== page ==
Echoing his counterpart, the VFW national commander said "These veterans earned the right to receive high quality care in a fully-staffed and well-managed facility. Their families deserve to know that their loved ones — their heroes — are not being abandoned or abused, and America needs to be reassured that the VA is honoring our nation’s promise to those who have borne the battle," said Lawrence. "The VA must improve its delivery of quality care at these facilities. It must recruit and retain only the best healthcare professionals and support staff, and it must hold all employees accountable for their actions or inactions. It is not a right but a privilege to work for America’s veterans, and anything less is unacceptable."

Military.com:Millions in Cost Overruns Hit Effort to Merge VA, Military Health Records
14 Nov 2018 | Military.com | By Richard Sisk
VA officials acknowledged Wednesday that a $16 billion project aimed at finally providing common, easily searchable electronic health records for the VA and the Department of Defense has already been hit with a $350 million cost overrun.
John Windom, executive director of the VA’s new Office of Electronic Health Record Modernization, said the original estimates for the program had not included the $350 million projected costs over 10 years for the salaries of the government employees who would work on it.
At a hearing of the new House Veterans Affairs Subcommittee on Technology Modernization, which was formed in July primarily to oversee the project, Windom said Congress had been forewarned that the salaries of the employees would not be included in the contract with Cerner Corp., but he was met by skepticism.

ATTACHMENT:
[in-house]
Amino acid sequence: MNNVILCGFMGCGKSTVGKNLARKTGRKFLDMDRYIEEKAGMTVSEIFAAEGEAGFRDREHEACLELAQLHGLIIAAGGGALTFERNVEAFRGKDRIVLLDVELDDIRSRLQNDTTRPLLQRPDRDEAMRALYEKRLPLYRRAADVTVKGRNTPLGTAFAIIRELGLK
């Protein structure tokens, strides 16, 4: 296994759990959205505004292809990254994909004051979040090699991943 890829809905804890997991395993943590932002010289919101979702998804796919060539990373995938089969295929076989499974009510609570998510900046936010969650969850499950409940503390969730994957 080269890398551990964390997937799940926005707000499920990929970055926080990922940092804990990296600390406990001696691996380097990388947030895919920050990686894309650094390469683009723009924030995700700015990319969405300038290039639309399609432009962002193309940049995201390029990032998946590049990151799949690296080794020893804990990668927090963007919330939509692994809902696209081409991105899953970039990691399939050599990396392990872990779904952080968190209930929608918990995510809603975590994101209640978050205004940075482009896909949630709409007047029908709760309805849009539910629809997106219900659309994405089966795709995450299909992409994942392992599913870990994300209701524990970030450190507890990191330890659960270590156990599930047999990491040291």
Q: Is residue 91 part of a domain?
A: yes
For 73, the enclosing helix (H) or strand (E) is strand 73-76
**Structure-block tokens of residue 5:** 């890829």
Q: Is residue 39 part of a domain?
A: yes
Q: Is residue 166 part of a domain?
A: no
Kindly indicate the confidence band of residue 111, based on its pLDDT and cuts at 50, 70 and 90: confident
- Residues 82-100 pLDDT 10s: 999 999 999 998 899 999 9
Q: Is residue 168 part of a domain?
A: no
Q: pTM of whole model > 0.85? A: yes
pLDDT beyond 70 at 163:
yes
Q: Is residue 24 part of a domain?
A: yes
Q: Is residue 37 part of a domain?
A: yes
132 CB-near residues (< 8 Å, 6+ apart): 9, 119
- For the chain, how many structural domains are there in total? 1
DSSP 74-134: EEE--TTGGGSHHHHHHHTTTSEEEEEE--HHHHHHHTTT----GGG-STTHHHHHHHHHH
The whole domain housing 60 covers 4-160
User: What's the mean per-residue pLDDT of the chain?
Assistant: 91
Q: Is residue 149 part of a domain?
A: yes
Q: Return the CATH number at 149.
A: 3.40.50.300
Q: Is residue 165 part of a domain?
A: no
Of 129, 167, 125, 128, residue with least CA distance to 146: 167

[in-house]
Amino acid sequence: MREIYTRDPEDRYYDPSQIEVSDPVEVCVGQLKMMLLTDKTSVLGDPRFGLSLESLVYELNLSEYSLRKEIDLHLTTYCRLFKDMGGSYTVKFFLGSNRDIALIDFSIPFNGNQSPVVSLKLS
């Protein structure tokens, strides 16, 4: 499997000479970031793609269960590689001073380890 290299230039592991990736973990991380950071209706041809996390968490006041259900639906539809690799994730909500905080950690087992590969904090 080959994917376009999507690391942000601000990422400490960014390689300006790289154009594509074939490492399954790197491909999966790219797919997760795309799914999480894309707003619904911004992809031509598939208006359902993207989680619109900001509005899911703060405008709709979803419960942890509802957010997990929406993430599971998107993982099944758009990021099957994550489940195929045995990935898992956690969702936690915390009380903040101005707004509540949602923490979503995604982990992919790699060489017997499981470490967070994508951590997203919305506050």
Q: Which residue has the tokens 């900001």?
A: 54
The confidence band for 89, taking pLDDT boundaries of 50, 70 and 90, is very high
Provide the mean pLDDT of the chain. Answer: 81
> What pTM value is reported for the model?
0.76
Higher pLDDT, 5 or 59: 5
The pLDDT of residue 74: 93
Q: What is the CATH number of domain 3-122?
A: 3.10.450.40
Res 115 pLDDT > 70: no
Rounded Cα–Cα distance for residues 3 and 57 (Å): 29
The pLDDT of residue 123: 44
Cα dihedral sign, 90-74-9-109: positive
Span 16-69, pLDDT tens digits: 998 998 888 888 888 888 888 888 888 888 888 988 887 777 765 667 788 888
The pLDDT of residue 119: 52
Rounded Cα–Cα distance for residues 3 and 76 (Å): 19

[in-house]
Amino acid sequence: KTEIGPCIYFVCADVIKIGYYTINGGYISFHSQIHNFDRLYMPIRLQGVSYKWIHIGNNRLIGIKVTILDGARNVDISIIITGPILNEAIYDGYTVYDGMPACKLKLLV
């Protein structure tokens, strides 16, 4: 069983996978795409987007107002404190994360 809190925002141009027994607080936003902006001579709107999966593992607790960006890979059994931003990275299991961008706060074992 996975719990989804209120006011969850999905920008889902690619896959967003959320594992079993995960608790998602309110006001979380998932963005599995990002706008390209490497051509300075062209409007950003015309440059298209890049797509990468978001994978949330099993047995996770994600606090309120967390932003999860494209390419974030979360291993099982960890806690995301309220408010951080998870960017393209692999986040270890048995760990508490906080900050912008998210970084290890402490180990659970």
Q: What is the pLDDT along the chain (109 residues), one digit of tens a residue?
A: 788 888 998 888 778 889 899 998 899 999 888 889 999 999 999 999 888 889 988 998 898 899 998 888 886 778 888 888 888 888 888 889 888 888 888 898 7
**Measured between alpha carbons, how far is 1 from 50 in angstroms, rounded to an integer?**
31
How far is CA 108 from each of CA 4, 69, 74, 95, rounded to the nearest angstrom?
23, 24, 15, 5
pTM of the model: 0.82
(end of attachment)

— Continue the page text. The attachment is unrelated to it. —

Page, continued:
"I find it hard to believe that such a basic part of the program — government salaries — could be overlooked," said Rep. Jim Banks, R-Indiana, the subcommittee’s chairman.
Banks said the cost overrun emerged "before any real work actually began" on the project to make health records of two huge departments compatible.
"How can that be?" he asked.
"I’m not ready to sound the alarm yet," Banks said, but added that the cost overrun increased his concerns over whether the program was feasible.
"The more I learn, the more daunting it has become," Banks said. "Some thought we could merely install the Cerner system. That apparently is not enough."
Windom said he expected efficiencies would be developed as the project proceeds to hold down future costs.
"There are going to be efficiencies gained we can’t forecast at this point," he said.